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Brazil fines Apple $2 million for choosing not to ship chargers with the iPhone 12


Why it matters: Apple made waves when they announced that the iPhone 12 would ship without a charging brick to prevent unnecessary electronic waste. It’s since become apparent that the environmental benefits were mostly fanciful, but it’s too late; recent sales figures show that Apple’s customer base wasn’t deterred by the charger’s absence.

Procon-SP, the consumer protection agency of Sao Paulo, Brazil, is biting back at Apple with a R$ 10.5 million ($1.9 million) fine. They haven’t accepted Apple’s justifications for the charger’s removal, and have added it to their list of charges against the Cupertino company.

When Apple confirmed the charger’s removal, they said that the reduction in e-waste and the reduction in emissions caused by the smaller and lighter boxes had a cumulative effect equal to preventing two million tons of carbon from entering the atmosphere. Analysts have since concluded, broadly, that the real benefits were less significant than that, but that the change did increase Apple’s profits by a handsome margin.

Last November, Procon-SP announced that they were investigating Apple’s decision to remove the charger. But midway through their investigation, Apple reportedly stopped responding to requests for information. Procon-SP weren’t able to get clear answers to their key queries, which sought to determine if Apple passed on their cost savings to the consumer, and if Apple slowed charger production. Without a response, the agency was forced to reach a guilty verdict.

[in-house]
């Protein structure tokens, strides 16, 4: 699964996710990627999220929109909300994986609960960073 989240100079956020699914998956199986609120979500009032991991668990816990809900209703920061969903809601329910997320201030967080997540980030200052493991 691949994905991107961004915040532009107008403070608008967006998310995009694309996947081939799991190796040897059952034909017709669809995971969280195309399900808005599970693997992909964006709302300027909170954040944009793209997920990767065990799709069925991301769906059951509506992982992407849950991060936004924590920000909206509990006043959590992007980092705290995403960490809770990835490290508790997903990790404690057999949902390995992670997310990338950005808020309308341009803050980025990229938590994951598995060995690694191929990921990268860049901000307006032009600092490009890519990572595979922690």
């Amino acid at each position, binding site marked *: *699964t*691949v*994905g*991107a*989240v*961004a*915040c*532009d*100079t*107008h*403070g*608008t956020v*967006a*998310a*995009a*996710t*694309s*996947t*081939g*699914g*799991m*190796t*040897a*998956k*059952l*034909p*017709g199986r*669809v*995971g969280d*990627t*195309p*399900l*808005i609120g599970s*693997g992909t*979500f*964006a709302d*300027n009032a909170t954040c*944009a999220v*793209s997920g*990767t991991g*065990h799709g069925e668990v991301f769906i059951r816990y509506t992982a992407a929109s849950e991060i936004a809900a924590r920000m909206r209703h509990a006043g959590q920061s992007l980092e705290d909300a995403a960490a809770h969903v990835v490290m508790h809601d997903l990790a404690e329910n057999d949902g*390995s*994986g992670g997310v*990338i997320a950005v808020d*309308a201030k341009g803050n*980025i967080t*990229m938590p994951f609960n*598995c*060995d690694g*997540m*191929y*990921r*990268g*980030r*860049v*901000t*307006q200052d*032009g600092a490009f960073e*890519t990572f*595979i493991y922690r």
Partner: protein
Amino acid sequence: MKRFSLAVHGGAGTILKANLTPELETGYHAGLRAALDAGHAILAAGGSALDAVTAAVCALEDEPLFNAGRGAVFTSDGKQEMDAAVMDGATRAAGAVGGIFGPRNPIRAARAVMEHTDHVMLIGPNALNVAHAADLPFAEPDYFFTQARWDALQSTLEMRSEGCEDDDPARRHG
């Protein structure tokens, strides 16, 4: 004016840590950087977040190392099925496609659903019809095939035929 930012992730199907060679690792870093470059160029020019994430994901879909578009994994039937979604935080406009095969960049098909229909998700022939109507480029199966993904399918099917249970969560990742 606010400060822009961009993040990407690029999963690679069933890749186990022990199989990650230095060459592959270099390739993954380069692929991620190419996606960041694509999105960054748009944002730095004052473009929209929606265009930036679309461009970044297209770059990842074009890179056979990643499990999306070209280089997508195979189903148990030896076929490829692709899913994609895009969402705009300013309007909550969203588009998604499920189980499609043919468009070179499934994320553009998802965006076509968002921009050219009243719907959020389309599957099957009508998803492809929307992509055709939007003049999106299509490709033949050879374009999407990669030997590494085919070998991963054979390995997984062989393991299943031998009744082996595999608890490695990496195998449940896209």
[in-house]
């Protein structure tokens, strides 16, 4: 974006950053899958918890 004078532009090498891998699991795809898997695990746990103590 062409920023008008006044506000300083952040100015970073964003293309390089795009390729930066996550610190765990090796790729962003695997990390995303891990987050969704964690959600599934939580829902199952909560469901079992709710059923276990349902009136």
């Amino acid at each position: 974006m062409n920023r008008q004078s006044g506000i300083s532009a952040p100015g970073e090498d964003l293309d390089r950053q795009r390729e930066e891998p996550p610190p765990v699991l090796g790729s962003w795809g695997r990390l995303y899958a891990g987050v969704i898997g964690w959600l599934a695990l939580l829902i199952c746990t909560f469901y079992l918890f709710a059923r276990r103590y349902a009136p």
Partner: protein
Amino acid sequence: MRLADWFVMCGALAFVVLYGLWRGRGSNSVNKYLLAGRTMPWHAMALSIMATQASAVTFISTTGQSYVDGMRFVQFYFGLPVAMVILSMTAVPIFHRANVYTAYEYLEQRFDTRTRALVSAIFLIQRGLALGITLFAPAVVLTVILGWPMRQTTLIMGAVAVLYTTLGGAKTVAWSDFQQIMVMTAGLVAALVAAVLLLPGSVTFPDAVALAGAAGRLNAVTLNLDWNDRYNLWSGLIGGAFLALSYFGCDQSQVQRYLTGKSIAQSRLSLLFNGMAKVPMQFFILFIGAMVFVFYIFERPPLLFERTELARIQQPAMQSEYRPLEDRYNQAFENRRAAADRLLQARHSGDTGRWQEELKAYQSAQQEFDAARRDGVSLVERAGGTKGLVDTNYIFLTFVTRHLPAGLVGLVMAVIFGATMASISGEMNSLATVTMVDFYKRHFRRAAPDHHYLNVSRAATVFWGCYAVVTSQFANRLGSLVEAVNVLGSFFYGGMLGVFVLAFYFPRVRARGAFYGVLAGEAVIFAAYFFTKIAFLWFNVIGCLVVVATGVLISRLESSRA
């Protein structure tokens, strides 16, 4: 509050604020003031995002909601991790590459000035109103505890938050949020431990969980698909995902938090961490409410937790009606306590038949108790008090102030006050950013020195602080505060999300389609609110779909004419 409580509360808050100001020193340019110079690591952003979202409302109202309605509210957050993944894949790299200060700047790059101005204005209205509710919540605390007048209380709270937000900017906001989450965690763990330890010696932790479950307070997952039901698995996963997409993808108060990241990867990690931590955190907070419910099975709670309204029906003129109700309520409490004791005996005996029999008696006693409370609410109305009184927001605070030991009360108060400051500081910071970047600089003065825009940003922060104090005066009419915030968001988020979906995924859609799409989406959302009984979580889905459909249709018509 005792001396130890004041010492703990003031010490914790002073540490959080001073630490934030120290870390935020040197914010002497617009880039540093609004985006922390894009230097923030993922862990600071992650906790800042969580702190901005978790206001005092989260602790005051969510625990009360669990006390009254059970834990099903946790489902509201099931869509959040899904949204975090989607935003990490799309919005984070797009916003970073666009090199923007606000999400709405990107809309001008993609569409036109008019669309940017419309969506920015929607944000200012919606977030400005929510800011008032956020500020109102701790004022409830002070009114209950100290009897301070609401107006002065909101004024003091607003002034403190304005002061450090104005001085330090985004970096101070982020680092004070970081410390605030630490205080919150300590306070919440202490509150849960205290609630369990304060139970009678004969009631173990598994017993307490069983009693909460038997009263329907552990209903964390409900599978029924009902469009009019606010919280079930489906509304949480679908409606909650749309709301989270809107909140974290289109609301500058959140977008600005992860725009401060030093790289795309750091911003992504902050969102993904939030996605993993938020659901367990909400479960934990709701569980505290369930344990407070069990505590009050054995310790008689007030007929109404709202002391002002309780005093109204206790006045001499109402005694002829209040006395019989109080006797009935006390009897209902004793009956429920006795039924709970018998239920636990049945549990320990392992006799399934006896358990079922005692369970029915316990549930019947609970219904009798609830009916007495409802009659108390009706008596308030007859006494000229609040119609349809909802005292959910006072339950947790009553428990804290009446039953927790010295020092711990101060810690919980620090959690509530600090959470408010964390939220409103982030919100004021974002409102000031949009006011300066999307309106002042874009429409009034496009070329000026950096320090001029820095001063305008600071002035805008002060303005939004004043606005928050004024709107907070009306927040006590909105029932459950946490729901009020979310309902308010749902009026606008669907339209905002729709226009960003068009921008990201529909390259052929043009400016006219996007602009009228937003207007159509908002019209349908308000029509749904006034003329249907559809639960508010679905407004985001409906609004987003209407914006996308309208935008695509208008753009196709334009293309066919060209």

“Apple needs to understand that in Brazil, there are solid consumer protection laws and institutions. It needs to respect these laws and these institutions.”

Parts of the fine are also for misleading advertising, bad customer support, and unfair terms of service. Procon-SP cites Apple’s refusal to repair some iPhone 11 Pros damaged by water, after advertising them as waterproof, as an example of all three.

Apple has the option to contest the fine in court. They’d have good chances if they did. Some of Procon-SP’s charges have already fallen flat elsewhere, and because other device manufacturers have started ditching the charger, they could probably pass it off as reasonable.

Image credit: Solen Feyissa on Unsplash



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